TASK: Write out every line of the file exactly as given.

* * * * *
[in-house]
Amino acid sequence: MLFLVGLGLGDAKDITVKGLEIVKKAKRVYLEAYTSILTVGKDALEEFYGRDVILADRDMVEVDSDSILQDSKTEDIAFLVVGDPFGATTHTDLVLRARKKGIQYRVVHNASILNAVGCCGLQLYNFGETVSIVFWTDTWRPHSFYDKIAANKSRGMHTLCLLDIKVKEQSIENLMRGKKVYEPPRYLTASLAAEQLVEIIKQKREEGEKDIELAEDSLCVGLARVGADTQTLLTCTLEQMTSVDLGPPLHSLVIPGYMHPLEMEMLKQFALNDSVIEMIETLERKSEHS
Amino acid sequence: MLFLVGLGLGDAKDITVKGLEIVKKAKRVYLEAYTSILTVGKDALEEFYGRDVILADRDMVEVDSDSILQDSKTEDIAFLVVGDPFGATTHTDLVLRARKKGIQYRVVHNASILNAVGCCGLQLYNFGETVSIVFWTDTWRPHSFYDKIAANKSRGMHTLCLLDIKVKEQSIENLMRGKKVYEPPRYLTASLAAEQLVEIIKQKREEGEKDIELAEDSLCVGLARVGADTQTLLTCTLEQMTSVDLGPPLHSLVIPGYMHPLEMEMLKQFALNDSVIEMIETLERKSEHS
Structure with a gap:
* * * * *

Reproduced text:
[in-house]
Amino acid sequence: MLFLVGLGLGDAKDITVKGLEIVKKAKRVYLEAYTSILTVGKDALEEFYGRDVILADRDMVEVDSDSILQDSKTEDIAFLVVGDPFGATTHTDLVLRARKKGIQYRVVHNASILNAVGCCGLQLYNFGETVSIVFWTDTWRPHSFYDKIAANKSRGMHTLCLLDIKVKEQSIENLMRGKKVYEPPRYLTASLAAEQLVEIIKQKREEGEKDIELAEDSLCVGLARVGADTQTLLTCTLEQMTSVDLGPPLHSLVIPGYMHPLEMEMLKQFALNDSVIEMIETLERKSEHS
Amino acid sequence: MLFLVGLGLGDAKDITVKGLEIVKKAKRVYLEAYTSILTVGKDALEEFYGRDVILADRDMVEVDSDSILQDSKTEDIAFLVVGDPFGATTHTDLVLRARKKGIQYRVVHNASILNAVGCCGLQLYNFGETVSIVFWTDTWRPHSFYDKIAANKSRGMHTLCLLDIKVKEQSIENLMRGKKVYEPPRYLTASLAAEQLVEIIKQKREEGEKDIELAEDSLCVGLARVGADTQTLLTCTLEQMTSVDLGPPLHSLVIPGYMHPLEMEMLKQFALNDSVIEMIETLERKSEHS
Structure with a gap: